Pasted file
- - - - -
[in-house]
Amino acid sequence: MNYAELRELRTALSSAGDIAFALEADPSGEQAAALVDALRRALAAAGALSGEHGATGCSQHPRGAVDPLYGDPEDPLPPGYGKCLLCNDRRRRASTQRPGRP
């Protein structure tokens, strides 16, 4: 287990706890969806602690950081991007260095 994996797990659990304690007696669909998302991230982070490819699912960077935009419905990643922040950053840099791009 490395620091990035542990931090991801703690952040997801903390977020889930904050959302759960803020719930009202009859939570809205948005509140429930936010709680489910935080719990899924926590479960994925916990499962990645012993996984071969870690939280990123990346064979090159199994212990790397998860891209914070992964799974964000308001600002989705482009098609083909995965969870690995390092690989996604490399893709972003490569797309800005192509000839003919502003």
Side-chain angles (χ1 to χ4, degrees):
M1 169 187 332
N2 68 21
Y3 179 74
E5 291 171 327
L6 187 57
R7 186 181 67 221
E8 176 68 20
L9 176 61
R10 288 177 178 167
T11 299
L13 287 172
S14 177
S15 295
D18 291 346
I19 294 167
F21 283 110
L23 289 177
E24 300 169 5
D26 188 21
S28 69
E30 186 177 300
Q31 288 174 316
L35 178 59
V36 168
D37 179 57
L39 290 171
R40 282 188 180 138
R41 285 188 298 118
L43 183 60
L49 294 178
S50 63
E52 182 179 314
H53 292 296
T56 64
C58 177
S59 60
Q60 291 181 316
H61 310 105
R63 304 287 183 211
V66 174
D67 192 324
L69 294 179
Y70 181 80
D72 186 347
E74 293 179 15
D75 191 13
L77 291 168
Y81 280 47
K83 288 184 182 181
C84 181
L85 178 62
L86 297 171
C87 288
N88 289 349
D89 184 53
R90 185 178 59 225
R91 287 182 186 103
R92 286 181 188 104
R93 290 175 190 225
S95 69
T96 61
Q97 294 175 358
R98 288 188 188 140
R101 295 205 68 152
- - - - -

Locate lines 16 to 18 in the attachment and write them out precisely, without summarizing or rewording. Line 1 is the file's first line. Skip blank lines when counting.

S14 177
S15 295
D18 291 346